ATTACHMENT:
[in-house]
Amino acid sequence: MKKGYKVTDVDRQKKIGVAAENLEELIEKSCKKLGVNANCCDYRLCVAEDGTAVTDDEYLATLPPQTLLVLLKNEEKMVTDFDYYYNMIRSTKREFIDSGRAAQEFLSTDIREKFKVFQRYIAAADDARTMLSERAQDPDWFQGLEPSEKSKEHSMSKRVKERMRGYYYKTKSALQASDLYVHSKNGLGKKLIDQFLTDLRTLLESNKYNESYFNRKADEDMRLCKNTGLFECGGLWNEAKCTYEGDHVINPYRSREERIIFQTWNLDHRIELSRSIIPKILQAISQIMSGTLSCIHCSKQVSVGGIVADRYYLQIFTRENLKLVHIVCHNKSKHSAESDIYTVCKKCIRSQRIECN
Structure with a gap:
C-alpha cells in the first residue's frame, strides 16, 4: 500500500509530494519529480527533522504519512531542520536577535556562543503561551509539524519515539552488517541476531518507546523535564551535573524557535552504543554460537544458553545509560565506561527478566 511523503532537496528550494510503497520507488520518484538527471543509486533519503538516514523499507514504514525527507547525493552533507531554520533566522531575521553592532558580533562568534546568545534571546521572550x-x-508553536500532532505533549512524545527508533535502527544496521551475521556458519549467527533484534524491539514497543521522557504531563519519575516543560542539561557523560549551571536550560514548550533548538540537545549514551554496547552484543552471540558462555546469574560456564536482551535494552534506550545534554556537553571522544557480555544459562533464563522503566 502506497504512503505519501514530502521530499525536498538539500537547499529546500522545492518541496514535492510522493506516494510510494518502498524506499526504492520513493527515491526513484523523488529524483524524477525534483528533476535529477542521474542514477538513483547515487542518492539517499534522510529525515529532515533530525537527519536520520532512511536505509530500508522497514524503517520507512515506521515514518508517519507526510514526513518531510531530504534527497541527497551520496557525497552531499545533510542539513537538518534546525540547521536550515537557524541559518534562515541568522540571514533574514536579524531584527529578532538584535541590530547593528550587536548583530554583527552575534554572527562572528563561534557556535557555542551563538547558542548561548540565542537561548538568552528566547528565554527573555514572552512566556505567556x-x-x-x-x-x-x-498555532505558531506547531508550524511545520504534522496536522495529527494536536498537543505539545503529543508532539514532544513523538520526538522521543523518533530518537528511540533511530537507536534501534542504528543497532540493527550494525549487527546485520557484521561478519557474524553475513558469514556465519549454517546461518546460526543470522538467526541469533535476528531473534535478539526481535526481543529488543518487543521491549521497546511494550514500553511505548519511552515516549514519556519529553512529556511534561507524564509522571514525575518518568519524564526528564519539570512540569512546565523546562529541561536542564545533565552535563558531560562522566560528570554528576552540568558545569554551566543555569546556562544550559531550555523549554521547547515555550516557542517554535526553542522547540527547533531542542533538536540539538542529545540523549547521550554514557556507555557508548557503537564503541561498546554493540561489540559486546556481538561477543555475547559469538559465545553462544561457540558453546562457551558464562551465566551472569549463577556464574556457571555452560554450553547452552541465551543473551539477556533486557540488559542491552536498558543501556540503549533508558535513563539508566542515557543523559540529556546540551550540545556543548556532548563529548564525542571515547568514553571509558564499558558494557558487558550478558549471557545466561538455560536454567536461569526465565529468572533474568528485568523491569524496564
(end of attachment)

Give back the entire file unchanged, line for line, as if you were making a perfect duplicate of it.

[in-house]
Amino acid sequence: MKKGYKVTDVDRQKKIGVAAENLEELIEKSCKKLGVNANCCDYRLCVAEDGTAVTDDEYLATLPPQTLLVLLKNEEKMVTDFDYYYNMIRSTKREFIDSGRAAQEFLSTDIREKFKVFQRYIAAADDARTMLSERAQDPDWFQGLEPSEKSKEHSMSKRVKERMRGYYYKTKSALQASDLYVHSKNGLGKKLIDQFLTDLRTLLESNKYNESYFNRKADEDMRLCKNTGLFECGGLWNEAKCTYEGDHVINPYRSREERIIFQTWNLDHRIELSRSIIPKILQAISQIMSGTLSCIHCSKQVSVGGIVADRYYLQIFTRENLKLVHIVCHNKSKHSAESDIYTVCKKCIRSQRIECN
Structure with a gap:
C-alpha cells in the first residue's frame, strides 16, 4: 500500500509530494519529480527533522504519512531542520536577535556562543503561551509539524519515539552488517541476531518507546523535564551535573524557535552504543554460537544458553545509560565506561527478566 511523503532537496528550494510503497520507488520518484538527471543509486533519503538516514523499507514504514525527507547525493552533507531554520533566522531575521553592532558580533562568534546568545534571546521572550x-x-508553536500532532505533549512524545527508533535502527544496521551475521556458519549467527533484534524491539514497543521522557504531563519519575516543560542539561557523560549551571536550560514548550533548538540537545549514551554496547552484543552471540558462555546469574560456564536482551535494552534506550545534554556537553571522544557480555544459562533464563522503566 502506497504512503505519501514530502521530499525536498538539500537547499529546500522545492518541496514535492510522493506516494510510494518502498524506499526504492520513493527515491526513484523523488529524483524524477525534483528533476535529477542521474542514477538513483547515487542518492539517499534522510529525515529532515533530525537527519536520520532512511536505509530500508522497514524503517520507512515506521515514518508517519507526510514526513518531510531530504534527497541527497551520496557525497552531499545533510542539513537538518534546525540547521536550515537557524541559518534562515541568522540571514533574514536579524531584527529578532538584535541590530547593528550587536548583530554583527552575534554572527562572528563561534557556535557555542551563538547558542548561548540565542537561548538568552528566547528565554527573555514572552512566556505567556x-x-x-x-x-x-x-498555532505558531506547531508550524511545520504534522496536522495529527494536536498537543505539545503529543508532539514532544513523538520526538522521543523518533530518537528511540533511530537507536534501534542504528543497532540493527550494525549487527546485520557484521561478519557474524553475513558469514556465519549454517546461518546460526543470522538467526541469533535476528531473534535478539526481535526481543529488543518487543521491549521497546511494550514500553511505548519511552515516549514519556519529553512529556511534561507524564509522571514525575518518568519524564526528564519539570512540569512546565523546562529541561536542564545533565552535563558531560562522566560528570554528576552540568558545569554551566543555569546556562544550559531550555523549554521547547515555550516557542517554535526553542522547540527547533531542542533538536540539538542529545540523549547521550554514557556507555557508548557503537564503541561498546554493540561489540559486546556481538561477543555475547559469538559465545553462544561457540558453546562457551558464562551465566551472569549463577556464574556457571555452560554450553547452552541465551543473551539477556533486557540488559542491552536498558543501556540503549533508558535513563539508566542515557543523559540529556546540551550540545556543548556532548563529548564525542571515547568514553571509558564499558558494557558487558550478558549471557545466561538455560536454567536461569526465565529468572533474568528485568523491569524496564